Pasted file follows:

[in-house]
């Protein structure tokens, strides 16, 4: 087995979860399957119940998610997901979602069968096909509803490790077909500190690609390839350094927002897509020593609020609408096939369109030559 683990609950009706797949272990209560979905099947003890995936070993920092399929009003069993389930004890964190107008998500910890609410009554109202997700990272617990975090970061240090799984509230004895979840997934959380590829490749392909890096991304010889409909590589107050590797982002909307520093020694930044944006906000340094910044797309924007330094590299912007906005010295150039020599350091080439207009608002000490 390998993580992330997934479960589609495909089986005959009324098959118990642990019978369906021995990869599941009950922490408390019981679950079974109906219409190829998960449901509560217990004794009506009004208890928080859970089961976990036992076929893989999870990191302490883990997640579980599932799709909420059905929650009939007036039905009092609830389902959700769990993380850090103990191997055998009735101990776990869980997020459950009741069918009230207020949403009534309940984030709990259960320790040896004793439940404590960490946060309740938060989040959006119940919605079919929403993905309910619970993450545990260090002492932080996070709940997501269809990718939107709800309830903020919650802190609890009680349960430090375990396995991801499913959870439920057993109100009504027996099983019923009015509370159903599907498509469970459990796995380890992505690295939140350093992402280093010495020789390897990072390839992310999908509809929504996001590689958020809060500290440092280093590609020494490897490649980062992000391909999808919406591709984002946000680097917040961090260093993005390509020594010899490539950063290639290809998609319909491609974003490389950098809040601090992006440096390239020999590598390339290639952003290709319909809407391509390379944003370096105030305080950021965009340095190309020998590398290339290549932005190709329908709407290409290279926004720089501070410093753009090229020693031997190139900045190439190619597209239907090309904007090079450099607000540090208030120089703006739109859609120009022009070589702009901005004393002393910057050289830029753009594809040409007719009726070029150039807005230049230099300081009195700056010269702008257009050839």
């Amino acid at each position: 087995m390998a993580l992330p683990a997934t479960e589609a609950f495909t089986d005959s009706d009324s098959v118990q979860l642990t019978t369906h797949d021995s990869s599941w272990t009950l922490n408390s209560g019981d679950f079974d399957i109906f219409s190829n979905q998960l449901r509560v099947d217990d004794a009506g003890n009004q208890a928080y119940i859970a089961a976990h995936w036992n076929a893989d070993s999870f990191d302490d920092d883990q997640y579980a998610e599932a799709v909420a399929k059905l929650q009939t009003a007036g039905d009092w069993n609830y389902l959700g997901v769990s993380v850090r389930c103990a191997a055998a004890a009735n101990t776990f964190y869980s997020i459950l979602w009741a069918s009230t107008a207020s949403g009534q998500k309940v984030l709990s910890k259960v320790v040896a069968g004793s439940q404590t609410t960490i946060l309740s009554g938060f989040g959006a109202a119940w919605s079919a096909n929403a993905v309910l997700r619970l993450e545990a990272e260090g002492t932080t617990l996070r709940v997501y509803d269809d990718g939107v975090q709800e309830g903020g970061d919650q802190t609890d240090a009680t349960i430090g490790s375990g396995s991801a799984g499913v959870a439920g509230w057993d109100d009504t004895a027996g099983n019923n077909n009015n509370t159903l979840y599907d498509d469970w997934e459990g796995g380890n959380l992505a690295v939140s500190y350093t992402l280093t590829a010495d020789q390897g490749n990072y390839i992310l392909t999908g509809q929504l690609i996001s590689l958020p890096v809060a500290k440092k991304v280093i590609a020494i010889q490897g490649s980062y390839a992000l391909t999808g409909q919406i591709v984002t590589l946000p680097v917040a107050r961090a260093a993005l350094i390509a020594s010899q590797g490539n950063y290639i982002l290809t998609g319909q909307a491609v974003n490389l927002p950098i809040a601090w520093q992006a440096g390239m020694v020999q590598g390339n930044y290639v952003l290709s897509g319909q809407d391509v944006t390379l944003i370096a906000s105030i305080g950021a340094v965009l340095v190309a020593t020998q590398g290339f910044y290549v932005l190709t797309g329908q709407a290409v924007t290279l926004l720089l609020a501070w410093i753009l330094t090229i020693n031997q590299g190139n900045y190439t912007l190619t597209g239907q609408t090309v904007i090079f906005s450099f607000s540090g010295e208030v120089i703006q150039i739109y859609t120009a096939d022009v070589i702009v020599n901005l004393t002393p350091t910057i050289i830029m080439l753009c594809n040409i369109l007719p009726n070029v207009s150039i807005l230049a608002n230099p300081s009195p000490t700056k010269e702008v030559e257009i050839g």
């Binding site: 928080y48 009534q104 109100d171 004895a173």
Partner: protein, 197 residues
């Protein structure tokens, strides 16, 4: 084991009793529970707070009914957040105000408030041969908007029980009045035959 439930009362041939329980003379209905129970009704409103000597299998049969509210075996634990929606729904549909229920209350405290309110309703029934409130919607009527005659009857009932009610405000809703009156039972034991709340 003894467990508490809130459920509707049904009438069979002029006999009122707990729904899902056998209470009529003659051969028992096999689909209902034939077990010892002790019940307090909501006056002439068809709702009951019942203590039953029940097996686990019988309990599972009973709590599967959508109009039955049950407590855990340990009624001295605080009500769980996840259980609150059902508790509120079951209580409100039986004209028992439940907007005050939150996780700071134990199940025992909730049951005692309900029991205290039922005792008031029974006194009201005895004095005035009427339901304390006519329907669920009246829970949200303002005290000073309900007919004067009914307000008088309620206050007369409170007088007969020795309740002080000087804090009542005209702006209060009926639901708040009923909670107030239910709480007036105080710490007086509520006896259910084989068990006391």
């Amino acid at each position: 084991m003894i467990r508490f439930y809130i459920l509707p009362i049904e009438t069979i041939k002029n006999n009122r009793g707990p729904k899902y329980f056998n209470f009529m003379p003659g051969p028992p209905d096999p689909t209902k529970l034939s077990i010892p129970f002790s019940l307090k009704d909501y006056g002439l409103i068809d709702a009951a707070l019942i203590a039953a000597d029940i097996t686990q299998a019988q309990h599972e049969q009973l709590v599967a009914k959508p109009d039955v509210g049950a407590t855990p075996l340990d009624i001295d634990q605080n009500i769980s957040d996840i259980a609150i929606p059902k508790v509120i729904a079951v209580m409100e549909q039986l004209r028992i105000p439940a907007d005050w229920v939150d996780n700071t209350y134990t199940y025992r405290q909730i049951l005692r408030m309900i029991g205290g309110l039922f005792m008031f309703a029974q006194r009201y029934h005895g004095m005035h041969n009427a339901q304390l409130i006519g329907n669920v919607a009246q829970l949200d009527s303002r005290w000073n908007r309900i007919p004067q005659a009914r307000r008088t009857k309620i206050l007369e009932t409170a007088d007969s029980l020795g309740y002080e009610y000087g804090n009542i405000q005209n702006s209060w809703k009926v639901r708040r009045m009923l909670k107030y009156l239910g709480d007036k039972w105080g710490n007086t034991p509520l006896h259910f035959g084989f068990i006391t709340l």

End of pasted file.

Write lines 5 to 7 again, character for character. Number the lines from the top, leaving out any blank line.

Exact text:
Partner: protein, 197 residues
């Protein structure tokens, strides 16, 4: 084991009793529970707070009914957040105000408030041969908007029980009045035959 439930009362041939329980003379209905129970009704409103000597299998049969509210075996634990929606729904549909229920209350405290309110309703029934409130919607009527005659009857009932009610405000809703009156039972034991709340 003894467990508490809130459920509707049904009438069979002029006999009122707990729904899902056998209470009529003659051969028992096999689909209902034939077990010892002790019940307090909501006056002439068809709702009951019942203590039953029940097996686990019988309990599972009973709590599967959508109009039955049950407590855990340990009624001295605080009500769980996840259980609150059902508790509120079951209580409100039986004209028992439940907007005050939150996780700071134990199940025992909730049951005692309900029991205290039922005792008031029974006194009201005895004095005035009427339901304390006519329907669920009246829970949200303002005290000073309900007919004067009914307000008088309620206050007369409170007088007969020795309740002080000087804090009542005209702006209060009926639901708040009923909670107030239910709480007036105080710490007086509520006896259910084989068990006391």
């Amino acid at each position: 084991m003894i467990r508490f439930y809130i459920l509707p009362i049904e009438t069979i041939k002029n006999n009122r009793g707990p729904k899902y329980f056998n209470f009529m003379p003659g051969p028992p209905d096999p689909t209902k529970l034939s077990i010892p129970f002790s019940l307090k009704d909501y006056g002439l409103i068809d709702a009951a707070l019942i203590a039953a000597d029940i097996t686990q299998a019988q309990h599972e049969q009973l709590v599967a009914k959508p109009d039955v509210g049950a407590t855990p075996l340990d009624i001295d634990q605080n009500i769980s957040d996840i259980a609150i929606p059902k508790v509120i729904a079951v209580m409100e549909q039986l004209r028992i105000p439940a907007d005050w229920v939150d996780n700071t209350y134990t199940y025992r405290q909730i049951l005692r408030m309900i029991g205290g309110l039922f005792m008031f309703a029974q006194r009201y029934h005895g004095m005035h041969n009427a339901q304390l409130i006519g329907n669920v919607a009246q829970l949200d009527s303002r005290w000073n908007r309900i007919p004067q005659a009914r307000r008088t009857k309620i206050l007369e009932t409170a007088d007969s029980l020795g309740y002080e009610y000087g804090n009542i405000q005209n702006s209060w809703k009926v639901r708040r009045m009923l909670k107030y009156l239910g709480d007036k039972w105080g710490n007086t034991p509520l006896h259910f035959g084989f068990i006391t709340l």